# Logical Methods in the Humanities Workshop Abstracts Autumn 2005

John McCarthy (Computer Science Department, Stanford AI Lab)
Formalizing Common Sense in Mathematical Logic

Leibniz hoped to devise a mathematical logic adequate for human affairs. Since the 1950s progress has been made in formalizing limited common sense domains in first order logic for the purposes of artificial intelligence (AI). However, we argue that extensions to the reasoning methods of first order logic are need to reach human-level common sense. These include nonmonotonic reasoning, reasoning with approximately (or partially) defined entities, reification of propositions and individual concepts, reification of contexts. Even these extensions are probably insufficient.

Dogmas and the Changing Images of the Foundations of Mathematics

I'll offer a critical review of several different conceptions of the activity of foundational research, from the time of Gauss to the present. These will be:

(1) the traditional image, guiding Gauss, Dedekind, Frege and others, that views the search for more adequate basic systems as a logical excavation of a priori structures;
(2) the program to find sound formal systems for so-called clasical mathematics that can be proved consistent, associated with the name of Hilbert; and
(3) the historicist alternative, guiding Riemann, Poincaré, Weyl and others, that seeks to perfect available conceptual systems with the aim to avoid conceptual limitations and expand the range of theoretical options.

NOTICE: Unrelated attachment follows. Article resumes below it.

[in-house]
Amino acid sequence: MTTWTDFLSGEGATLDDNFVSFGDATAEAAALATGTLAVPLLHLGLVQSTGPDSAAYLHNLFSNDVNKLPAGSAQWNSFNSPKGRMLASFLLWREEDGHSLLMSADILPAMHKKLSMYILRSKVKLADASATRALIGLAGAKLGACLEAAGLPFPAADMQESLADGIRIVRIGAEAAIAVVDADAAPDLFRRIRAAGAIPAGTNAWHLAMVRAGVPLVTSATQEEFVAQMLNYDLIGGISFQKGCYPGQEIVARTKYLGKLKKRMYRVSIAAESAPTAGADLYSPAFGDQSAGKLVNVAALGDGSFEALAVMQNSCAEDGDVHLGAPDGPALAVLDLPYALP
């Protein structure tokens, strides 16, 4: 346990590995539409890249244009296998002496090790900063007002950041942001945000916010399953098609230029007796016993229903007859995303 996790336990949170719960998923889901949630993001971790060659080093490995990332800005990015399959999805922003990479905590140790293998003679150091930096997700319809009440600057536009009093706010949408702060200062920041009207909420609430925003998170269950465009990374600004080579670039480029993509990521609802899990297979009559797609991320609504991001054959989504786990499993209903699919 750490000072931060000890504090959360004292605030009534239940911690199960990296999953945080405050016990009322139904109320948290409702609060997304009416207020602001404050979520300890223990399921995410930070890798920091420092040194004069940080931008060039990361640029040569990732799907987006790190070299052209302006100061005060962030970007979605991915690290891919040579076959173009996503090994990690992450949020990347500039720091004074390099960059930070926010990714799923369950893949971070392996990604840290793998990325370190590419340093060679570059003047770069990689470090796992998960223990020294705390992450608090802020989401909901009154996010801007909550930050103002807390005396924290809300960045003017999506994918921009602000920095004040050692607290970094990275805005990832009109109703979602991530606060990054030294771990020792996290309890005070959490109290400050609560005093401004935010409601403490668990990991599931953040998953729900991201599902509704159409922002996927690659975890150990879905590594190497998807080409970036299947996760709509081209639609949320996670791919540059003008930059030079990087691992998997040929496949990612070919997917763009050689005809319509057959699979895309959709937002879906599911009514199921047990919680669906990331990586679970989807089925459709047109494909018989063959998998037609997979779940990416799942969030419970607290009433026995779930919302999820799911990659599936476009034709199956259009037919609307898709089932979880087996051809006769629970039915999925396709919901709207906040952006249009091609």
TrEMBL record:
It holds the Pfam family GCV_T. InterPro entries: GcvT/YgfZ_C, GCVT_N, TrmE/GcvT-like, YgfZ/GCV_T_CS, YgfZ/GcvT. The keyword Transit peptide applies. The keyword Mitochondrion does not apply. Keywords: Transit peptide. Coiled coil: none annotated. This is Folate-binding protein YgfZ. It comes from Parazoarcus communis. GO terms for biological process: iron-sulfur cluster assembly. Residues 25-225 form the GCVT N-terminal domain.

I shall contend that assumptions about thefoundational enterprise frequently emerge from certain dogmas that are inherited from previous, outdated images. To round the discussion, I mention some traits of an alternative program that investigates the epistemology of mathematical knowledge.

Dana S. Scott(University Emeritus, Carnegie Mellon University)
The Furture of Proof

Gödel showed us many things. Among others he showed us the *possibility* of proof (via the Completeness Theorem for First-Order Logic); and then quite soon thereafter he showed us the *impossibility* of proof (via the Incompleteness Theorem for (suitable) Higher-Order Logics). These results are well known and famous, but their impact on the practice of mathematics has perhaps not been very noticeable. To be sure, related recursive unsolvability results have a clear explanatory value in keeping people from searching for algorithms where none can exist. And modern developments in complexity theory show no quick solutions. But again, many commentators agree that there has not been a big shift in main-stream mathematics as a consequence of Gödel's fundamental work. However, the insight into formalization sparked by Gödel's original work is now having major payoffs in mechanized mathematics and proof systems. The lecture will survey some developments, but it will also bring up the questions of what we should now regard as a proof and of how new proof methods develop.